Tag Archives: straight line quilting

Checking In

Balance (for me) is never easy. Lately I feel I have ignored my blog slightly as I work to get my fabric shop up and running. There are a limited number of hours in the day and I find myself divided between regular life chores, sewing, writing, listing items on Etsy and shipping a few orders here and there. The other distraction for me is social media. Oh how easy it is to be sucked into it and look up 30 minutes later, wondering how to get that last 1/2 hour back. This week I have tried to stay with one task to completion before moving on to the next.  I have also tried (with limited success) to stay off of social media and check it less frequently. I love seeing everyone’s posts on Instagram but really, it isn’t the best use of my time!

Earlier in the week I made it my top (sewing) priority to finish quilting the Harmony quilt that I made last fall for my nephew. I really wanted to quilt it at the long-arm shop where I can rent time on their machines. After scheduling and rescheduling appointments several times, I gave up on that wish and decided to quilt it at home. As luck would have it, my Janome 6500 (which has a nice big throat) is being very cranky. This means I am quilting it on my little workhorse – an older Janome with a narrow throat. As a result, I switched over to standard straight line quilting. To add some interest, I am quilting it in two halves. Starting on the center diagonal line, I began vertical straight lines. Those vertical lines continue to the far corner. Then on the other half of the diagonal, I am quilting horizontal lines. (Does this even make sense?)  At first I spaced them out about eight inches to anchor everything down. Now I am working on filling them in to about two inches apart.

I think it is working quite nicely and I should be finished with the quilting in the next couple of days. Selecting a fabric for binding it is still up in the air. I am aiming for a scrappy binding with the leftover fabrics but I am unsure if I have enough.

Moving on, I have been playing catch up with the Sewcial Bee blocks. This weekly bee is hosted by Maureen Cracknell and Sharon Holland. The blocks are fun and relatively simple. But I got behind and have to make about three more blocks to catch up. (Remember the first paragraph – just not enough hours to get it all done!) I am (was?) trying to use only my Fleet & Flourish scraps (by Maureen Cracknell) for the print fabric and various solids to tie everything together. As I create the blocks though, it is becoming clear I won’t have enough Fleet & Flourish to stay with this plan.  Now what to do???  Decisions, decisions. My choices are to:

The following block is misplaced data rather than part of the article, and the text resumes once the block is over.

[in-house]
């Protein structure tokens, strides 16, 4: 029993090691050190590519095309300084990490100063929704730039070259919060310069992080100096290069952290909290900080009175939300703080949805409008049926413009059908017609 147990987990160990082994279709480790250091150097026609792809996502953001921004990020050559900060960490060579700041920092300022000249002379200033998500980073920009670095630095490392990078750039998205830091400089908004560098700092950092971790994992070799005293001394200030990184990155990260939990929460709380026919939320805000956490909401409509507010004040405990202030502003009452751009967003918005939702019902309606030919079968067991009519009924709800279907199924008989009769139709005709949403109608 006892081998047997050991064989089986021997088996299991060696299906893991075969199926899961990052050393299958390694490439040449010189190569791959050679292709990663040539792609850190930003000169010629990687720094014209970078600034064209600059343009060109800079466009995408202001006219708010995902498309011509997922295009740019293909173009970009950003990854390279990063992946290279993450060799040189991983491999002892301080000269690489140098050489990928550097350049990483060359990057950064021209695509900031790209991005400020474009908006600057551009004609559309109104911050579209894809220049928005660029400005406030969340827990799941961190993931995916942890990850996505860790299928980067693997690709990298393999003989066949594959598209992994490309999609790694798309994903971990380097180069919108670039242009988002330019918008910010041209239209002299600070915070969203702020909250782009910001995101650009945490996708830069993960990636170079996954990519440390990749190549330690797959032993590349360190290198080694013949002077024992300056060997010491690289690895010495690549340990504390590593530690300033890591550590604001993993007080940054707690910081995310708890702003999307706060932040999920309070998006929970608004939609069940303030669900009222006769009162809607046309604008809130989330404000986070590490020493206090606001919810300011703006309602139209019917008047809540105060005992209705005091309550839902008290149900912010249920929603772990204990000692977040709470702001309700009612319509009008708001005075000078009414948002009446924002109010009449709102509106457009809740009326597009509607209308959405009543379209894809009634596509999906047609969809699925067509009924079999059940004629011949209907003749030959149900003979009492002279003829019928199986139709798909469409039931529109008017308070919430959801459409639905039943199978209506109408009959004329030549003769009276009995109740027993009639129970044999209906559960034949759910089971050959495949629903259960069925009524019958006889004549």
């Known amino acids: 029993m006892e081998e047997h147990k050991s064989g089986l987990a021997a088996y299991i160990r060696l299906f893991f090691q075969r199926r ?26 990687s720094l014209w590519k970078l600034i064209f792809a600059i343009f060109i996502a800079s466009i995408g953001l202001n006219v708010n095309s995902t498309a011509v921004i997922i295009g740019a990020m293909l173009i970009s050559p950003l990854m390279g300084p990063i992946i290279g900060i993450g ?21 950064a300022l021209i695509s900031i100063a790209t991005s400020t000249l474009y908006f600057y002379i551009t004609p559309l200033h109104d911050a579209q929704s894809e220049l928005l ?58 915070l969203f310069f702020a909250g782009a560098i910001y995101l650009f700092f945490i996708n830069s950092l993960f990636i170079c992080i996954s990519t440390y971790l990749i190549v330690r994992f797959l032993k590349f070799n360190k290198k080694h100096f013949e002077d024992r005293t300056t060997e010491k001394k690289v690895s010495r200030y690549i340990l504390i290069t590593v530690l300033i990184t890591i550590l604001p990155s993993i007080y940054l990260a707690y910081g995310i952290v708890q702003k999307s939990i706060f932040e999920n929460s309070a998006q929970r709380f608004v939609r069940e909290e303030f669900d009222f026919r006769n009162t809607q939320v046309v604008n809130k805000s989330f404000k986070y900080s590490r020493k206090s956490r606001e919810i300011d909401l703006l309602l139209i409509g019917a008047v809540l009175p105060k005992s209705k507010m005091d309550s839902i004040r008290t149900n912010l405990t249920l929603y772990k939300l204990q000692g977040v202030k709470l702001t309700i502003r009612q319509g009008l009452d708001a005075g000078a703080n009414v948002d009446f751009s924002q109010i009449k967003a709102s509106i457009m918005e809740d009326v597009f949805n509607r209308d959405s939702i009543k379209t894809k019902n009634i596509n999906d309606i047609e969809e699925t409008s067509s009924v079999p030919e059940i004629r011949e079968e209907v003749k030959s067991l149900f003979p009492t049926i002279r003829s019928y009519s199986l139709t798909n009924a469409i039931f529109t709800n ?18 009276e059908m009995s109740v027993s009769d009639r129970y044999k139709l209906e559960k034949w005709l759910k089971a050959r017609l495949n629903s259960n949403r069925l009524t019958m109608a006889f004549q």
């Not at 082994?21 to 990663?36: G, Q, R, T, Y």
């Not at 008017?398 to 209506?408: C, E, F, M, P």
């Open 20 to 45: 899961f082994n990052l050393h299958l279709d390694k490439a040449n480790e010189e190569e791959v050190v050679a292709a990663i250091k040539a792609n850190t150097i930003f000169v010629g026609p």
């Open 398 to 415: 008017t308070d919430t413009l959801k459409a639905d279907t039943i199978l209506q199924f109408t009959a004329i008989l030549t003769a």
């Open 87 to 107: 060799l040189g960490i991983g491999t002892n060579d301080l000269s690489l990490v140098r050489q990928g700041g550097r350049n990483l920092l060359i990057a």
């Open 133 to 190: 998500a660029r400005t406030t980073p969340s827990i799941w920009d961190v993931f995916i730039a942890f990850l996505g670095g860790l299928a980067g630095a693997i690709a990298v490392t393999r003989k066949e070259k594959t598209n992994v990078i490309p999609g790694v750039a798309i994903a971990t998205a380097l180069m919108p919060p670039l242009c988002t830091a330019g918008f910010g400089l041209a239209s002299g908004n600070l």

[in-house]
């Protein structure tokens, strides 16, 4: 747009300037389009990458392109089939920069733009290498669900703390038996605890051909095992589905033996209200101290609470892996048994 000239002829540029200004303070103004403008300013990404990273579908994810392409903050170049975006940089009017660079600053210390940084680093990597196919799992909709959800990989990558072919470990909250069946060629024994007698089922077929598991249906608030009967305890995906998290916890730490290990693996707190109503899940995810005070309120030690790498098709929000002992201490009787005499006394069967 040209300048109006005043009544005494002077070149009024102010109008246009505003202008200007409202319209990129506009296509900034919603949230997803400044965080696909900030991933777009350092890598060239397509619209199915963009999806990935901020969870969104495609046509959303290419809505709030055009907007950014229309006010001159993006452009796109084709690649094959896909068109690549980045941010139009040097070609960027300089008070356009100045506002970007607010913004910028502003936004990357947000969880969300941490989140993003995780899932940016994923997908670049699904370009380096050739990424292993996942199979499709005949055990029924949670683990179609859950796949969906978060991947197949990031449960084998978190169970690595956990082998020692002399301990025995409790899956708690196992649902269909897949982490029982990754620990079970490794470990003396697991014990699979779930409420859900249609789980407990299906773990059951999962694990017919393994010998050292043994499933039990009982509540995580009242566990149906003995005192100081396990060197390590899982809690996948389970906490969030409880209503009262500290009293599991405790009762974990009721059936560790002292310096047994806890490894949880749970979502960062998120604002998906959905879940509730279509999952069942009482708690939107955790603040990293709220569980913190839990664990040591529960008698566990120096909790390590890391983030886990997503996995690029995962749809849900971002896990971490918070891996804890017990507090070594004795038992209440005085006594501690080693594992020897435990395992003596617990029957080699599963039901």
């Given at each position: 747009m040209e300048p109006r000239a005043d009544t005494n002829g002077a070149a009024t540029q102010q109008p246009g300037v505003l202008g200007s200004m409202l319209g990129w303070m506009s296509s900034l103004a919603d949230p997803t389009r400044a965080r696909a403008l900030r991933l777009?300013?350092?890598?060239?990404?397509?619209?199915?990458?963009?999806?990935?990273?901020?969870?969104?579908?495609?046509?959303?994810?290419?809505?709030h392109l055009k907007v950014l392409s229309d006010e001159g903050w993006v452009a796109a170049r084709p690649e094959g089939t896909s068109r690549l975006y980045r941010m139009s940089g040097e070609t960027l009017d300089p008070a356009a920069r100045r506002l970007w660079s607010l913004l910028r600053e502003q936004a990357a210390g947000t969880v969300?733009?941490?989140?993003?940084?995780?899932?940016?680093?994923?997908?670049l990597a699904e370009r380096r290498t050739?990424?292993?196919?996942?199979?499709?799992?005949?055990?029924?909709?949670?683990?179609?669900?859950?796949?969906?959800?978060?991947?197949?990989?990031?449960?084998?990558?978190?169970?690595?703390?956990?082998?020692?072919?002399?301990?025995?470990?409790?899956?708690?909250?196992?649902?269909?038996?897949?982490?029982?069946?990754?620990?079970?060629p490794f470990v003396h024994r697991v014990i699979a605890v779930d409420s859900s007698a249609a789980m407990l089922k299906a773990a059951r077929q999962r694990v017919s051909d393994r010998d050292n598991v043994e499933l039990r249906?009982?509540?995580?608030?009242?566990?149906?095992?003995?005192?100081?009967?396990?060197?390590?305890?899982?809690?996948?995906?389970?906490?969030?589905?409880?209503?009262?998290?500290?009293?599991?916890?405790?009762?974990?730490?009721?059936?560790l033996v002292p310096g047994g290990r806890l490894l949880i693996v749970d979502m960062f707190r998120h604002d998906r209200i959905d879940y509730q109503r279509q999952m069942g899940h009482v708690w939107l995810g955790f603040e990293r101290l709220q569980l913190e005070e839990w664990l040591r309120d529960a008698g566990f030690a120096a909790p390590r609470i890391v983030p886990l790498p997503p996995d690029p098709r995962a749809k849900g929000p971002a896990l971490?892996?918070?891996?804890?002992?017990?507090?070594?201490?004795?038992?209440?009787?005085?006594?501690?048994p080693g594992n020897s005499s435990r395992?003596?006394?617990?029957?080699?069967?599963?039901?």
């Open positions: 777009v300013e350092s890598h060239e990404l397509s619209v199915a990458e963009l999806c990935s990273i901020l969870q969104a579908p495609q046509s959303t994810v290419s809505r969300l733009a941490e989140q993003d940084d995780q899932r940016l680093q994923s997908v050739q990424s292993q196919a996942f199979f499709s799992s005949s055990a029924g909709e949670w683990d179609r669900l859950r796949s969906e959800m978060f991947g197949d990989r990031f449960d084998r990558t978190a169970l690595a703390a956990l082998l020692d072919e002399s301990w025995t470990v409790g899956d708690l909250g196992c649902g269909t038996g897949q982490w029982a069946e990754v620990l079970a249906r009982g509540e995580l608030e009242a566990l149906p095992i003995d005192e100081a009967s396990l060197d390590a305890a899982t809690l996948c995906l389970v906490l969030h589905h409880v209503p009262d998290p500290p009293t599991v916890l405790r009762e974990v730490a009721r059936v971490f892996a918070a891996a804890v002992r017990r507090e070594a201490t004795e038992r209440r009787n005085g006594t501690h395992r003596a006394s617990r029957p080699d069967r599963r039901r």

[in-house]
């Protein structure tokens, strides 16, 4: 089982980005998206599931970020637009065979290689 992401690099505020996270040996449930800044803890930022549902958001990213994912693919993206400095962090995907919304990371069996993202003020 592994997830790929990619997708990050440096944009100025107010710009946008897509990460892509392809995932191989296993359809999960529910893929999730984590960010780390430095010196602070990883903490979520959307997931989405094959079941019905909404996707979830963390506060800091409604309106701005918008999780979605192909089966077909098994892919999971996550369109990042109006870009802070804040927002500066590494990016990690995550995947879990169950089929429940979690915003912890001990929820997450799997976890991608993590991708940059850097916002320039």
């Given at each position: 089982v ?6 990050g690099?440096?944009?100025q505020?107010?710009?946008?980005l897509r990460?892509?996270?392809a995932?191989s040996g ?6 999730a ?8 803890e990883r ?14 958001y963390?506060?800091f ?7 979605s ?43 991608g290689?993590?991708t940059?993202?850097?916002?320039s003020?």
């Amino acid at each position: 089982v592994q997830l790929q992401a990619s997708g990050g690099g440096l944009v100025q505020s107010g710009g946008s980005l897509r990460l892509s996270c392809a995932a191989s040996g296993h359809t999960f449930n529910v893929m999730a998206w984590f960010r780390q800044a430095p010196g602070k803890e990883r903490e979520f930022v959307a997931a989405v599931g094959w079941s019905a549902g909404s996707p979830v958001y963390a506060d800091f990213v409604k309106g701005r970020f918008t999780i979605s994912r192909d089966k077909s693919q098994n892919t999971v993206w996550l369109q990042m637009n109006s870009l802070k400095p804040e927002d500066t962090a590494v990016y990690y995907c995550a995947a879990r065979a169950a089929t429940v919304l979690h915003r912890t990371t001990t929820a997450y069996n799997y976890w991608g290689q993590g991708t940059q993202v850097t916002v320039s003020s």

1.  Add in some Garden Dreamer (also .by Maureen Cracknell and would probably blend reasonably well) and since I carry it in my shop, it is readily available to me
  2.  Buy more Fleet & Flourish.
  3. To be very careful with the scraps I have and make it work by adding in a larger percentage of solid fabrics for the last 12 blocks.

Looking at these three incredibly important choices, my thoughts are these. Buying more fabric is silly.  I have more than enough fabric on hand and should be able to avoid buying anything.  Number three would probably be unsatisfying because I would have to use a whole lot of solid fabric to make it work and I don’t think the result would be to my liking. So, number one for the win. I will go slice six inches or so off several of the Garden Dreamer bolts downstairs in my shop and combine both lines. Phew! I am relieved to have gone through the process and made up my mind.

Before I close and go off to quilt a few more lines and make a Sewcial Bee block or two, I want to share some pictures with you. Remember I mentioned Julia was going to raise two piggies for her 4-H project? I have to say, these animals just crack me up. Here are some recent pictures with photo credit to my daughter. She is really enjoying this project and has done a great job with these two goofy pigs. They are growing like crazy but then that is to be expected considering the amount of feed we are going through!

Daisy and Ella Napping

Eating, always eating!!

Daisy, after playing in the mud.

Silly Ella!

Off to the sewing room now. Wishing everyone a wonderful weekend!

 

Relief Quilting Tutorial – Thread

I really enjoyed playing with relief quilting when I made my FABRIC mini quilt a couple of weeks ago. So much so that I decided to make another one! I took plenty of pictures while making it so I could post a tutorial. I hope you will give it a try. The effect is wonderful and it is such an easy process.

This time I wanted to try stitching the word on a piece of fabric with fusible stabilizer and then building the quilt from there. It worked out wonderfully. Since I already had one mini that said FABRIC, I decided to make another that said THREAD. This idea was inspired by a comment left on the first post by Diana, of A Red Delicious Life.  She mentioned wanting to make one to hang above her thread. I decided to do the same. Now I have one to hang above the closet where I store fabric and another to hang above the thread collection hanging on the wall in my sewing room. Thanks Diana!!

Let’s get started.

I am going to provide the sizes that I used but this is so flexible. Increase or decrease as you like. My quilt finished at 11″ x 23″ so if you want a different size, adjust accordingly.

Materials List:

  • Background Fabric: one rectangle measuring 7″ x 19″